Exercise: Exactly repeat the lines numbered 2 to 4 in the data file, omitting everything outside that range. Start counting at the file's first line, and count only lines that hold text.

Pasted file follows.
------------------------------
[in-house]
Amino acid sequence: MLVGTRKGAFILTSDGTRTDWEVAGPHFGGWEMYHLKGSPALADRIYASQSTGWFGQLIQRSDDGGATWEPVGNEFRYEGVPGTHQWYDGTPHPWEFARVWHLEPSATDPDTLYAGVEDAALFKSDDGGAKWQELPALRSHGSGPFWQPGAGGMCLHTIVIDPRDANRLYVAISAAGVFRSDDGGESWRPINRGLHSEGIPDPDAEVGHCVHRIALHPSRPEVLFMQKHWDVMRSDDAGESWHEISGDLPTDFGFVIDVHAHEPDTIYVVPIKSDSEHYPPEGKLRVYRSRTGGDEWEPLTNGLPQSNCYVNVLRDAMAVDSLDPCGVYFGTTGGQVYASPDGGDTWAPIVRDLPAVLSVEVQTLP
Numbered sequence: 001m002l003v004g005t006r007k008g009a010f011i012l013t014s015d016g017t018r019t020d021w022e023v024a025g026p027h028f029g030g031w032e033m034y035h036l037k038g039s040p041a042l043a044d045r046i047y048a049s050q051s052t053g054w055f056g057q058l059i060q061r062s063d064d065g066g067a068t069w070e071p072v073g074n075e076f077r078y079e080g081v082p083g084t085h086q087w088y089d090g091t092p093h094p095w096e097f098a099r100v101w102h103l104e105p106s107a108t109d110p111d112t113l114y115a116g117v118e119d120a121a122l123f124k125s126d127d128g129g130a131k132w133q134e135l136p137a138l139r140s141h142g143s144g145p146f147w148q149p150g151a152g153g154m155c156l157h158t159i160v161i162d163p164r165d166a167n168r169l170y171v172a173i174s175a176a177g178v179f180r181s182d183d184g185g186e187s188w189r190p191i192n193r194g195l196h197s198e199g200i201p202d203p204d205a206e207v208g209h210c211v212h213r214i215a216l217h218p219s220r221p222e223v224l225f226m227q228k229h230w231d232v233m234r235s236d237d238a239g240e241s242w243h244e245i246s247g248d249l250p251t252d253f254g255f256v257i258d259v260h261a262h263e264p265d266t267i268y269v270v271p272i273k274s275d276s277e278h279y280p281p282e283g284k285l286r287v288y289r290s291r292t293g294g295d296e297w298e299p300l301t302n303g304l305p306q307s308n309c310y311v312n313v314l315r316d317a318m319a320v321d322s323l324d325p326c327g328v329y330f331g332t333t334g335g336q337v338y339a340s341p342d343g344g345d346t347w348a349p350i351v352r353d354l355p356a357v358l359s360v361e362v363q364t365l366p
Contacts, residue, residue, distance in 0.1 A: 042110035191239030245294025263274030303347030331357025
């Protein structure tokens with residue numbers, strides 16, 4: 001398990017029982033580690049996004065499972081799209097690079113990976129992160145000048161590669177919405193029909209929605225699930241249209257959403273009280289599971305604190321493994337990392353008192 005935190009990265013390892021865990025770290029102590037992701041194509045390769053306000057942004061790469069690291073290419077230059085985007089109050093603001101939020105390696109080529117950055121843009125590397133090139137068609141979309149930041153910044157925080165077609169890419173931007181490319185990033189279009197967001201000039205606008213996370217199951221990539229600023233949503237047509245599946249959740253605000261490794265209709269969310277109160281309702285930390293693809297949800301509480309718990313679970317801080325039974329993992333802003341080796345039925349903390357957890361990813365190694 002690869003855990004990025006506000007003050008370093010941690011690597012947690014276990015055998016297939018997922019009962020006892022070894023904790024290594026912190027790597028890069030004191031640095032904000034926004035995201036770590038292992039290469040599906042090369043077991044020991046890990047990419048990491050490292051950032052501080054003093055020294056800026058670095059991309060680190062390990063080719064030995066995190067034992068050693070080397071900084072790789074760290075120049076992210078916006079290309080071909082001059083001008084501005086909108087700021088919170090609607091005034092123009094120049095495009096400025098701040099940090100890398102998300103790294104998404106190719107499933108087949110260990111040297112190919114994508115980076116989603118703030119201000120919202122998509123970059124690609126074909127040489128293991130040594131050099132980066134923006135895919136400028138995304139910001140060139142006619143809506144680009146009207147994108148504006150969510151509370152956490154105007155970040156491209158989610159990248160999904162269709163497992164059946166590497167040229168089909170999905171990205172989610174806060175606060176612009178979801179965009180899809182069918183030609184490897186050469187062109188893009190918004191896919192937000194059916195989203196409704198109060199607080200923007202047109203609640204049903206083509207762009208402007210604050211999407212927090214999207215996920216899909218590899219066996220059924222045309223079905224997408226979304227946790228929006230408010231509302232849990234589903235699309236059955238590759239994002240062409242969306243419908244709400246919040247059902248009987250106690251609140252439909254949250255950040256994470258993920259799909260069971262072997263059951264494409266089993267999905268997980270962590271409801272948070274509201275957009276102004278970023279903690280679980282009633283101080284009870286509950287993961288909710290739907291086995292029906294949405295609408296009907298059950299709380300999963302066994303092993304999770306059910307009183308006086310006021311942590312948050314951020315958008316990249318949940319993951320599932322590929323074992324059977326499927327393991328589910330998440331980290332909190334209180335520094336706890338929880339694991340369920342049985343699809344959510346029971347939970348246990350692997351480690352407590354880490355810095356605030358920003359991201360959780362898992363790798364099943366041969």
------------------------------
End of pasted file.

Amino acid sequence: MLVGTRKGAFILTSDGTRTDWEVAGPHFGGWEMYHLKGSPALADRIYASQSTGWFGQLIQRSDDGGATWEPVGNEFRYEGVPGTHQWYDGTPHPWEFARVWHLEPSATDPDTLYAGVEDAALFKSDDGGAKWQELPALRSHGSGPFWQPGAGGMCLHTIVIDPRDANRLYVAISAAGVFRSDDGGESWRPINRGLHSEGIPDPDAEVGHCVHRIALHPSRPEVLFMQKHWDVMRSDDAGESWHEISGDLPTDFGFVIDVHAHEPDTIYVVPIKSDSEHYPPEGKLRVYRSRTGGDEWEPLTNGLPQSNCYVNVLRDAMAVDSLDPCGVYFGTTGGQVYASPDGGDTWAPIVRDLPAVLSVEVQTLP
Numbered sequence: 001m002l003v004g005t006r007k008g009a010f011i012l013t014s015d016g017t018r019t020d021w022e023v024a025g026p027h028f029g030g031w032e033m034y035h036l037k038g039s040p041a042l043a044d045r046i047y048a049s050q051s052t053g054w055f056g057q058l059i060q061r062s063d064d065g066g067a068t069w070e071p072v073g074n075e076f077r078y079e080g081v082p083g084t085h086q087w088y089d090g091t092p093h094p095w096e097f098a099r100v101w102h103l104e105p106s107a108t109d110p111d112t113l114y115a116g117v118e119d120a121a122l123f124k125s126d127d128g129g130a131k132w133q134e135l136p137a138l139r140s141h142g143s144g145p146f147w148q149p150g151a152g153g154m155c156l157h158t159i160v161i162d163p164r165d166a167n168r169l170y171v172a173i174s175a176a177g178v179f180r181s182d183d184g185g186e187s188w189r190p191i192n193r194g195l196h197s198e199g200i201p202d203p204d205a206e207v208g209h210c211v212h213r214i215a216l217h218p219s220r221p222e223v224l225f226m227q228k229h230w231d232v233m234r235s236d237d238a239g240e241s242w243h244e245i246s247g248d249l250p251t252d253f254g255f256v257i258d259v260h261a262h263e264p265d266t267i268y269v270v271p272i273k274s275d276s277e278h279y280p281p282e283g284k285l286r287v288y289r290s291r292t293g294g295d296e297w298e299p300l301t302n303g304l305p306q307s308n309c310y311v312n313v314l315r316d317a318m319a320v321d322s323l324d325p326c327g328v329y330f331g332t333t334g335g336q337v338y339a340s341p342d343g344g345d346t347w348a349p350i351v352r353d354l355p356a357v358l359s360v361e362v363q364t365l366p
Contacts, residue, residue, distance in 0.1 A: 042110035191239030245294025263274030303347030331357025